I am currently reading through “The Freedom Of a Christian” by Martin Luther (excellent book!). I just entered the section on works and service to our neighbors. I found it to be very sobering in light of reality, and very challenging:
Let us be clear that no one needs to do these things [works] to attain righteousness and salvation. Therefore, we should be guided in all our works by this one thought alone – that we may serve and benefit others in everything that is done, having nothing else before our eyes except the need and advantage of the neighbor. The Apostle Paul wants us to work with our hands in order to share with the needy (Eph. 5:28). Notice that he could have said that we should work to support ourselves. But Paul says that we work to give to those in need. This is why caring for our body is also a Christian work. If the body is healthy and fit, we are able to work and save money that can be used to help those in need. In this way, the stronger member of the body can serve the weaker. This demonstrates that we are children of God, caring and working for the well-being of others and fulfilling the law of Christ by bearing one another’s burdens. Here you have the true Christian life, one where faith is active in love (Gal. 5:6). It expresses itself joyfully and lovingly and results in the freest possible service. Satisfied with our own abundance of faith, we Christians serve the neighbor without any hope of reward. (Pgs. 79-81 in the book)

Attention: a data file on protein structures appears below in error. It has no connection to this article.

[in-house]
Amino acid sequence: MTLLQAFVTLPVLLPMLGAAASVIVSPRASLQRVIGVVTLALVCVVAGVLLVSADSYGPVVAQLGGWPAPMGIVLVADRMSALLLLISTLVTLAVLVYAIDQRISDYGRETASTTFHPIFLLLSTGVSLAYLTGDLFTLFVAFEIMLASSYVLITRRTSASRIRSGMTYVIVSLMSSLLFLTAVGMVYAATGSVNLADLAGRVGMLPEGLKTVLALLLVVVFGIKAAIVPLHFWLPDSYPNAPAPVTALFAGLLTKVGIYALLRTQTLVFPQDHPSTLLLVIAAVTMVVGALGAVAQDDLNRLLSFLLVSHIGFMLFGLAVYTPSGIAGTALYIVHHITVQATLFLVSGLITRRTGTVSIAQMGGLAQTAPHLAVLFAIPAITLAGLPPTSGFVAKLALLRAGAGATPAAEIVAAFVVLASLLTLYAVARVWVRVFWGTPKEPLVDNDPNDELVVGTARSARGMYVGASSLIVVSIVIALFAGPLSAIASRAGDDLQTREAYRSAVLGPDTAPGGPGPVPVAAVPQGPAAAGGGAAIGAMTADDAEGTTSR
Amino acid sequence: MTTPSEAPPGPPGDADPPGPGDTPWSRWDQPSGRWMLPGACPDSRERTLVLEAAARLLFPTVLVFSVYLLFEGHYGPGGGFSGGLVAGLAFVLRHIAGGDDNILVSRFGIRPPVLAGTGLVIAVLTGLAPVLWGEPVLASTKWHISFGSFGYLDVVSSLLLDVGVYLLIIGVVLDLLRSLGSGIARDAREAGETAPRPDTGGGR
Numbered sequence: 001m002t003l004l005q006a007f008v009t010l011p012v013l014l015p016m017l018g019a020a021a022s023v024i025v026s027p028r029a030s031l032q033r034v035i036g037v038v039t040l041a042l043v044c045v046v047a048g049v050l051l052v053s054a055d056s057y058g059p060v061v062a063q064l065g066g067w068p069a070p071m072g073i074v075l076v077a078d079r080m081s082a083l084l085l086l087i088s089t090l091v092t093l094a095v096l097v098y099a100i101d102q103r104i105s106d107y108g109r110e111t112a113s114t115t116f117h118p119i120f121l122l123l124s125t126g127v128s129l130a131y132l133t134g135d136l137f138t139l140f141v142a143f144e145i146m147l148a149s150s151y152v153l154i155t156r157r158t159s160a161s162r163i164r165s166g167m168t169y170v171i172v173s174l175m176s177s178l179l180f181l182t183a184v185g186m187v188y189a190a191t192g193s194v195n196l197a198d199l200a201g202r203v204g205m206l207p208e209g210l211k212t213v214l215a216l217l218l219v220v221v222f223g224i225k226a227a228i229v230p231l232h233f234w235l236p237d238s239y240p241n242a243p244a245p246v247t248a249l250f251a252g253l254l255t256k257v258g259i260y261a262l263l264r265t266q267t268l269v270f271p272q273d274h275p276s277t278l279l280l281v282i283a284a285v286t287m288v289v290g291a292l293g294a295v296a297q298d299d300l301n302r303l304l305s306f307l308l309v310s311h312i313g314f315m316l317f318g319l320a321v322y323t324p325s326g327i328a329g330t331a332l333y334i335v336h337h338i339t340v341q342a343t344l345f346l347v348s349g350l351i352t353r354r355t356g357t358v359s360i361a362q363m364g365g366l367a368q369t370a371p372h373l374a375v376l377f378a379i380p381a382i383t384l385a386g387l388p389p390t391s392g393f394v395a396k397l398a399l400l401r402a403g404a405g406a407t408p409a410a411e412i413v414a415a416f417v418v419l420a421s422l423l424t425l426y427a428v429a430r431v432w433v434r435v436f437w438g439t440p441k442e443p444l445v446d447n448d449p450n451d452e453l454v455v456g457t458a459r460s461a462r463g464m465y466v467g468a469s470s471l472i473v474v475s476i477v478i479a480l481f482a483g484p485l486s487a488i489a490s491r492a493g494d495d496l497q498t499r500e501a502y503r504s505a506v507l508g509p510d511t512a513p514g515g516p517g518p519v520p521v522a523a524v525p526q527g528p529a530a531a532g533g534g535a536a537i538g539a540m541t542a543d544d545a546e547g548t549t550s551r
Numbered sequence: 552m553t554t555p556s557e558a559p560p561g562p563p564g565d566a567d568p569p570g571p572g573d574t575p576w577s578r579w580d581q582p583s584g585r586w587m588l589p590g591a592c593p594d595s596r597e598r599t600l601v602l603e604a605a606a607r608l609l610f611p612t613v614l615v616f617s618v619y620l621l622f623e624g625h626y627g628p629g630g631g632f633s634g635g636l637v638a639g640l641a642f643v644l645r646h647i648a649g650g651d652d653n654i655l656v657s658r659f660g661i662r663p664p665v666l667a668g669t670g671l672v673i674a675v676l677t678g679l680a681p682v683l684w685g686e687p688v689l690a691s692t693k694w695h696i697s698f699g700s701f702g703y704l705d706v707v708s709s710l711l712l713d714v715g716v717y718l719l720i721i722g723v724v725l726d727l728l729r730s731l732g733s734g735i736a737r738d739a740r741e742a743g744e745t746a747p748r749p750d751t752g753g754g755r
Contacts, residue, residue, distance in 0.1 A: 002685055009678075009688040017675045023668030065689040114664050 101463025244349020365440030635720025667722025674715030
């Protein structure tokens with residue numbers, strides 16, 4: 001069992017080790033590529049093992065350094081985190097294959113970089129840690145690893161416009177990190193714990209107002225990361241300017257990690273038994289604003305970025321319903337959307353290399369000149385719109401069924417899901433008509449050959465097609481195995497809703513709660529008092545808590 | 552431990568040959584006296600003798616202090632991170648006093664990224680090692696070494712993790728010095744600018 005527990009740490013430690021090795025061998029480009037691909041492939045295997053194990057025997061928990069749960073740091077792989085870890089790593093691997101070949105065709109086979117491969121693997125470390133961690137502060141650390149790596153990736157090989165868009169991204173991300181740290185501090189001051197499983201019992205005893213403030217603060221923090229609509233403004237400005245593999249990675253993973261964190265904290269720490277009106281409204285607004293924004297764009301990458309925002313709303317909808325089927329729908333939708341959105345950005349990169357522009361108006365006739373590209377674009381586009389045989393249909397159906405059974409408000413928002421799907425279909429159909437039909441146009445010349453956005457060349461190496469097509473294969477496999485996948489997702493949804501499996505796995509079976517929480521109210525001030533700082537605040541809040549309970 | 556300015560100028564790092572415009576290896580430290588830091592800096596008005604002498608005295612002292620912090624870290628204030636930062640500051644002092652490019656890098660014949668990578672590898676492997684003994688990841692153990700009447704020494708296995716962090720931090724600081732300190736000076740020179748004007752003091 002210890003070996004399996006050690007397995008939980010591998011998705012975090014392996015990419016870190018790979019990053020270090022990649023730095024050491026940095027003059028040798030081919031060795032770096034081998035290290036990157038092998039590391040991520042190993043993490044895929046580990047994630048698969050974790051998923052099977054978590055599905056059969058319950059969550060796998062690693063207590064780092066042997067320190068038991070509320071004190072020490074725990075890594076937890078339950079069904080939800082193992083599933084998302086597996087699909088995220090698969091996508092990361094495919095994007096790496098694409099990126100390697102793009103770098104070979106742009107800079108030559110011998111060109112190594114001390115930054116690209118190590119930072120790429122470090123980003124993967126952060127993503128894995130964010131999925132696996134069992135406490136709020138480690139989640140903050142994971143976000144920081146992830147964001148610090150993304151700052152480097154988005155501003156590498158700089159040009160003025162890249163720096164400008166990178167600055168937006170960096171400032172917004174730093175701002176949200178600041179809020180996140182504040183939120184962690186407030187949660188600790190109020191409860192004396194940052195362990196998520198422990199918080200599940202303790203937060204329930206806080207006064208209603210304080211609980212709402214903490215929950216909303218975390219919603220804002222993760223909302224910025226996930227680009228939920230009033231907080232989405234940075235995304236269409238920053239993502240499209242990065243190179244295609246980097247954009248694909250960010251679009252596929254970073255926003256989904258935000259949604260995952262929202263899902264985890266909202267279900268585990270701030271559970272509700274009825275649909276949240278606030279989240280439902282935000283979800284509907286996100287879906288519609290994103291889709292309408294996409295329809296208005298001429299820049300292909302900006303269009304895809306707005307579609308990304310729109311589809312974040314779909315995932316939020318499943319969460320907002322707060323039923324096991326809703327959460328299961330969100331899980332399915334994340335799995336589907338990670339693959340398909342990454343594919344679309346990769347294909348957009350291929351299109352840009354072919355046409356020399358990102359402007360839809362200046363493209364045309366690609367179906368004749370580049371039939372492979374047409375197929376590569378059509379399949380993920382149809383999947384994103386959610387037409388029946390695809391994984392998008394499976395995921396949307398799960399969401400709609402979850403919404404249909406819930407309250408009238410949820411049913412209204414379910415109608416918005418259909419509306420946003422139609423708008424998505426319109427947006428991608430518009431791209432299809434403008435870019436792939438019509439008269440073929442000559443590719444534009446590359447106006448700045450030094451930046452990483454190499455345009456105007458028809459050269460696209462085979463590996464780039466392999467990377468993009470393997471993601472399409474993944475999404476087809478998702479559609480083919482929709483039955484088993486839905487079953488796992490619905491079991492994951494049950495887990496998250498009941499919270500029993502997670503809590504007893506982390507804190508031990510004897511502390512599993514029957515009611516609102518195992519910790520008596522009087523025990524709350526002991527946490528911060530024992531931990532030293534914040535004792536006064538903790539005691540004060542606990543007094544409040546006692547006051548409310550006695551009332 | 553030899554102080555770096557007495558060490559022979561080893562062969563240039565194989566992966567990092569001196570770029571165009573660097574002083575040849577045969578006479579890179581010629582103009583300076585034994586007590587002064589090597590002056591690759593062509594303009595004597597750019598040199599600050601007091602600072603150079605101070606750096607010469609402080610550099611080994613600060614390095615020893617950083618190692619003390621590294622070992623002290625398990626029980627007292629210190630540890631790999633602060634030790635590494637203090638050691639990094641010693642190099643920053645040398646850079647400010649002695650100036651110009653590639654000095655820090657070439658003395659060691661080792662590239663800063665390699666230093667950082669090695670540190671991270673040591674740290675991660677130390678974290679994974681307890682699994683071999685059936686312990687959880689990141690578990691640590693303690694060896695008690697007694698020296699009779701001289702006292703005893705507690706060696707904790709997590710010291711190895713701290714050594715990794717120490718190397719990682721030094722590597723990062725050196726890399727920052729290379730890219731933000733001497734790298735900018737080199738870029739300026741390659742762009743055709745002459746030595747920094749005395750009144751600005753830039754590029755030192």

Admittedly, I rarely think of my job and the money I make as something that is gained for the benefit of others (beyond my wife and children). My first instinct is to think of how I can use it for me. I feel so far from having this mentality that Luther talks about here that it feels daunting to even try. If I do try, I am bound to fail quickly, get discouraged, and slide back into the same routine of thinking mainly about myself.
But, I think Luther is correct in his understanding of this. I think that, as a product of sin and our wealthy and comfortable culture, we have become such a self-centered people. The more we have, the more we want – to the point where our wanting is nearly unquenchable. Once we have resolved our own budgets and desires, there is usually little or nothing left over for anyone else.
What do you think about this quote from Luther? If you agree with him, how do we even begin? What does it look like to really do this well? If you disagree with him, why?